Saturday, August 23, 2008

Golf Lesson 6

Ryder cup coach, Tony Jacklin, offers this advice to team coaches: Pair players who will inspire one another.

Personal chemistry and project requirements should play a role when leaders put together a team. I made one of my biggest leadership blunders by trying to deny this principle. I figured that if two people were qualified and available that they would be able to function as a team.

Paul decided that John Mark was not the best choice for the team he was building to go on a mission trip. When there is a known problem, even a temporary tension, it is best for the ministry to avoid teaming those people up. John Mark and Paul did team up later under different circumstances.

What do you consider when you are putting together a team to accomplish ministry? A good coach will consider how the team members will encourage or discourage one another.

Just Thinking.

Thursday, August 21, 2008

Golf Lesson 5

Ben Crenshaw, 1999 Ryder Cup winning coach, give advice to team coaches. He says, "A good captain is a good listener. You have to listen to what the players and the caddies say. They're reacting to the golf course nd breaking it down. I was all ears the whole week.

The same is true of ministry leaders. We must be all ears as we interact with those who serve with us. They are reacting to the area of their ministry and breaking it down. Getting the proper input "from the field" is crucial to making wise strategic decisions.

Are you listening as you are leading? Where do you receive your feedback that allows you to make wise stategic decisions? Note: Crenshaw listened to the caddies, too. All those engaged in the work have important information that could be the difference between victory and loss.
Just thinking.

Golf Lesson 4

Billy Casper, 1979 winning Ryder Cup coach, had this to say about coaching a winning team: Remind them what the Cup is about.

He showed the team old Ryder Cup footage and comments from previous winners. Sort of like staying in the Word, where we are reminded what God's mission is all about. It is good to visit past footage of God at work and hear the testimonies of those who have gone before us.

As a coach, it is important to remind our team what the mission of the church is all about. Our mission is certainly more important than bringing home a trophy for beating the European team at golf.

How often do you take time to really embed the vision in your team? Maybe video testimonies of changed lives. Old footage of where God has brought you from. Current footage of the mission field at the doorstep. Billy Casper would say, "Remind them what it is all about."

Just Thinking

Golf Lesson 3

The Ryder Cup is one of the few events that takes people from an individual sport and makes them into a team. Ryder Cup coaches have a real challenge. European coach, Seve Balleseros (probably didn't have to tell you he was a European coach), lead his team to victory in 1997.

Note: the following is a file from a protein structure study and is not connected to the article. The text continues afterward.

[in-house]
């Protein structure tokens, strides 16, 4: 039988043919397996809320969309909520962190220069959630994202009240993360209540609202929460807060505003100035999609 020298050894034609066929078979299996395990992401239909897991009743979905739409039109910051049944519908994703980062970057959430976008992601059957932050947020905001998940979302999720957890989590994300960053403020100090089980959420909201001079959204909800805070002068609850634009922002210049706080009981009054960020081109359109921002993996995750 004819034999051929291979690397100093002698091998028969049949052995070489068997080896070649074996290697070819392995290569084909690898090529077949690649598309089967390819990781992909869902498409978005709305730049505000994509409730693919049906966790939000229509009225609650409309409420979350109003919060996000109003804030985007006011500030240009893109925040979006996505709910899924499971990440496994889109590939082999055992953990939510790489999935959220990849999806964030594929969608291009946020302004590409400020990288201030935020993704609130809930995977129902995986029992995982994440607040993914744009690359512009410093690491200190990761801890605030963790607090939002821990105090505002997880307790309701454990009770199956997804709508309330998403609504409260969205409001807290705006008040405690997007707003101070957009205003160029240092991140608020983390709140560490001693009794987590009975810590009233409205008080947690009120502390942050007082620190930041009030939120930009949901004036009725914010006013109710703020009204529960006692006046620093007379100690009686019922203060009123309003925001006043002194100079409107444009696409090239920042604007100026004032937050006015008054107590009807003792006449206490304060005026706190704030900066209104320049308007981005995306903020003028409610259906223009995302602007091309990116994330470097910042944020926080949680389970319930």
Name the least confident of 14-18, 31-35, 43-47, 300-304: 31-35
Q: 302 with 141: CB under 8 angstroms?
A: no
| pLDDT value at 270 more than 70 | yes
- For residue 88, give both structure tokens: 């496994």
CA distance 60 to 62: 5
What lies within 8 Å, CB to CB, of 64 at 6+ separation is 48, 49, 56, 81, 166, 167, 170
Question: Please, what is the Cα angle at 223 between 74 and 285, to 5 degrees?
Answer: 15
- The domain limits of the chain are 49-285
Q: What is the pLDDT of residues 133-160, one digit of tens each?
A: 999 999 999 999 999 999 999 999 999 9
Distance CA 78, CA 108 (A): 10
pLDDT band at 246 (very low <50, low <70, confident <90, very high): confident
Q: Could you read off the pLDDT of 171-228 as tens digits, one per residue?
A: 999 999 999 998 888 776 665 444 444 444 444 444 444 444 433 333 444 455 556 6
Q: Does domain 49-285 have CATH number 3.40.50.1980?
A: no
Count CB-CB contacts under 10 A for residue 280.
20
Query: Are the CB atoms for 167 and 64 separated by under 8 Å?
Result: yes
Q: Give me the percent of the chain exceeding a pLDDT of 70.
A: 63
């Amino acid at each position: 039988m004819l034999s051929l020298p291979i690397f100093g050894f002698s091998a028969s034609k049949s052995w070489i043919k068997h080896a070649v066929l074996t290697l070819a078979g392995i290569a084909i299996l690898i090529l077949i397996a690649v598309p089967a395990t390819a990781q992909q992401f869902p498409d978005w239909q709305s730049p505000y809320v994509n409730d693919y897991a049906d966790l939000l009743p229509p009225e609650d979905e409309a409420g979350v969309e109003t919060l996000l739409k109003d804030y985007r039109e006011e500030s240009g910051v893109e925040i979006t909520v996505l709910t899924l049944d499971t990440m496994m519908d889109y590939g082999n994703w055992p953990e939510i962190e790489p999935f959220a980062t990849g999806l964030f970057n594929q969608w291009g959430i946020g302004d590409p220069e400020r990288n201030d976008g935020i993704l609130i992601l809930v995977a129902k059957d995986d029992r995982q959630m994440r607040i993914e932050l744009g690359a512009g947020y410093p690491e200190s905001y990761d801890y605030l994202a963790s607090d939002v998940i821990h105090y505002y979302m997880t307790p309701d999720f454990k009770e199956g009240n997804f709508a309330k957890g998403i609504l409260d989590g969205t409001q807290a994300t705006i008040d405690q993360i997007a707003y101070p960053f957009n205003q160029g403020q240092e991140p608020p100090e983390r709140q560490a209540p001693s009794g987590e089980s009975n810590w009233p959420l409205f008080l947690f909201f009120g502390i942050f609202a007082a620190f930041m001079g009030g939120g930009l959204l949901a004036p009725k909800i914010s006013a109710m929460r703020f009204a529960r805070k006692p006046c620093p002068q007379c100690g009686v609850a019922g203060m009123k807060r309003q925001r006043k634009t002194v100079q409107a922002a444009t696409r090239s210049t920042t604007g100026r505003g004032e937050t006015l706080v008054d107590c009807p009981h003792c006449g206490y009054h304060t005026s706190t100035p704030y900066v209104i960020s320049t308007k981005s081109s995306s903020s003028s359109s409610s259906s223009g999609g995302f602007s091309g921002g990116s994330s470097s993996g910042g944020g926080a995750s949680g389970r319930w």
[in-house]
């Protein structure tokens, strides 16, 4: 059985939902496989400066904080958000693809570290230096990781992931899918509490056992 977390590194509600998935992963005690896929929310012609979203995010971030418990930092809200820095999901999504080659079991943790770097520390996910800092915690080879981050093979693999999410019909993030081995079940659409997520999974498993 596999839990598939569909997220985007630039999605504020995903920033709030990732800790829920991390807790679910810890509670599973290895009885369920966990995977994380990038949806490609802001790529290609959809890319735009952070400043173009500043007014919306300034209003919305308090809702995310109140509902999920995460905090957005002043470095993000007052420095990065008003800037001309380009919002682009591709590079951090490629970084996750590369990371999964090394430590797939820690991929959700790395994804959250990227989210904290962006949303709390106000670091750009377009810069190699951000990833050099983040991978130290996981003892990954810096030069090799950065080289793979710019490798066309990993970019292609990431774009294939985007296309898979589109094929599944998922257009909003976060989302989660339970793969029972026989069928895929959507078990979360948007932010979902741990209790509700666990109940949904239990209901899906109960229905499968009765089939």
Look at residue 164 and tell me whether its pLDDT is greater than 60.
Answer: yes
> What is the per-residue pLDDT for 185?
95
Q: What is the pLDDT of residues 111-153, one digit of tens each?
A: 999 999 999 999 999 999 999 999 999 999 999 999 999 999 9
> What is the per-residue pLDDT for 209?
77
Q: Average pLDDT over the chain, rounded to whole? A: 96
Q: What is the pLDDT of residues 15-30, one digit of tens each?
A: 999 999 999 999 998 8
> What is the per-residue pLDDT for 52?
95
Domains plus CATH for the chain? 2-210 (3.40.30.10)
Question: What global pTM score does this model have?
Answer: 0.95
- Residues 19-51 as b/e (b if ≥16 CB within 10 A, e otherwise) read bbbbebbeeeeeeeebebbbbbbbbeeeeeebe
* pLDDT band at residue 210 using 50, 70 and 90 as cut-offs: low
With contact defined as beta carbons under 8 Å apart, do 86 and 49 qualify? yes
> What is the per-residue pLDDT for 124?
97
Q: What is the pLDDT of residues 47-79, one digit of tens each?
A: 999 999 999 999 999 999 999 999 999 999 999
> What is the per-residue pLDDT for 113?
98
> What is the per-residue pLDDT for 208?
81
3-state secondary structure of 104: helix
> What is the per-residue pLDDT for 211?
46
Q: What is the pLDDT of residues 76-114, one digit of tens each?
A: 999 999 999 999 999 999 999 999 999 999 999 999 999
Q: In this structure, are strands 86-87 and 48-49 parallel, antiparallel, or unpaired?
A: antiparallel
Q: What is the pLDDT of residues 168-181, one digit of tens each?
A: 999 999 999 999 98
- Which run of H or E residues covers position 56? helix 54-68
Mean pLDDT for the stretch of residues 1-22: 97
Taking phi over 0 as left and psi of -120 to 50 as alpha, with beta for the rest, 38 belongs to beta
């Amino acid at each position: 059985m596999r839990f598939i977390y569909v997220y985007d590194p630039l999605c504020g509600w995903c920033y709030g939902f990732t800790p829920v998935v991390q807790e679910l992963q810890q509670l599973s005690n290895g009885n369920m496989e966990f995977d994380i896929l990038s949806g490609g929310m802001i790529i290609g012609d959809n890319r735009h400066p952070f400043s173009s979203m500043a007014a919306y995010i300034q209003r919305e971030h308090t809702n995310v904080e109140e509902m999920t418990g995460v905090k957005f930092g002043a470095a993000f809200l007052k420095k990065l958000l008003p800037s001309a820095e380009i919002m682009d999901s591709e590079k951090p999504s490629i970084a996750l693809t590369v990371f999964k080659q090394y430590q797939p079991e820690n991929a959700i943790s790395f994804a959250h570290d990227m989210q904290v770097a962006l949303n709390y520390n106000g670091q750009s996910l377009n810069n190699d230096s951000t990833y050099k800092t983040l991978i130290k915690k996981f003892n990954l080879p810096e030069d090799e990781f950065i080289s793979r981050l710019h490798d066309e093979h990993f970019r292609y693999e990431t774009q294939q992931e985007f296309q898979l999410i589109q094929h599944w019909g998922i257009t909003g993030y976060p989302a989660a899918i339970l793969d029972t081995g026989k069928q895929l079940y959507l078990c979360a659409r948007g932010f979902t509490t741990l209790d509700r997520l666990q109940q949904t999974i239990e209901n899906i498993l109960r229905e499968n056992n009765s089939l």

His advice to team coaches is: Don't be afraid to bench your stars. No matter how good someone is, there are times and situations where they need to take the bench. This is a real test as to whether someone is a team player or not. Can you look objectively at the goal of the team and put it before personal participation and glory?

Do you ever change up who you pull into the room or take along to the conference depending upon the bigger team goal? Do you bench a star when he or she is sideways in their walk or having a period of being off the mark? If you are not afraid to bench the star, it will help in the star's personal development, it will help in team development, and it will send out a major signal that you are serious about the vision.

Just Thinking.

Golf Lesson 2

I want to continue sharing some leadership principles I learned from Ryder Cup team coaches. This one, from Tom Watson, is crucial:

Be Prepared to Improvise. He said we must match up the team players, have a strategy for offense and defense, and prepare for the event. Five minutes into the game, throw all that stuff aside and do what you have to do.

This doesn't mean you don't follow what you planned. It means what you planned should not paralyze you when something unexpected shows up, and it will. Moving from being an individual player to a team player also increases the variables that are out of your control and beyond the scope of any plan, no matter how well it has been thought out.

Is your team prepared to improvise on the fly. It will release the event and allow it to reach its full potential because it will not be restricted by the fear of the unexpected and the limitations of a plan.

Just Thinking.

Wednesday, August 20, 2008

Golf Lesson 1

I don't play much golf. I love it, but time and money prevent me from playing. I do read golf magazines and watch the golf channel to keep my game sharp for the few times I go out with out-of-town visitors.

I have found several good leadership principles in golf magazines. With the Ryder Cup coming up, I am especially interested in things the team coaches have to say about leading and motivating guys who play as individuals all season long and now must play as a team. I thought I would share a few over the next couple blogs.

Ben Crenshaw, coach of the winning 1999 team, says: Don't over strategize. "Give them a candy bar and a sandwich and tell them to play well. You don't want to tell them too much. Don't overboil it."

As a person with a temperament that leans toward strategizing, I really need to take that to heart. Trust the talent, adjust on the fly, and keep it simple.
Somewhere between "wing it" and "perfect it" is a leadership style that aggressively pursues excellence.

Just Thinking.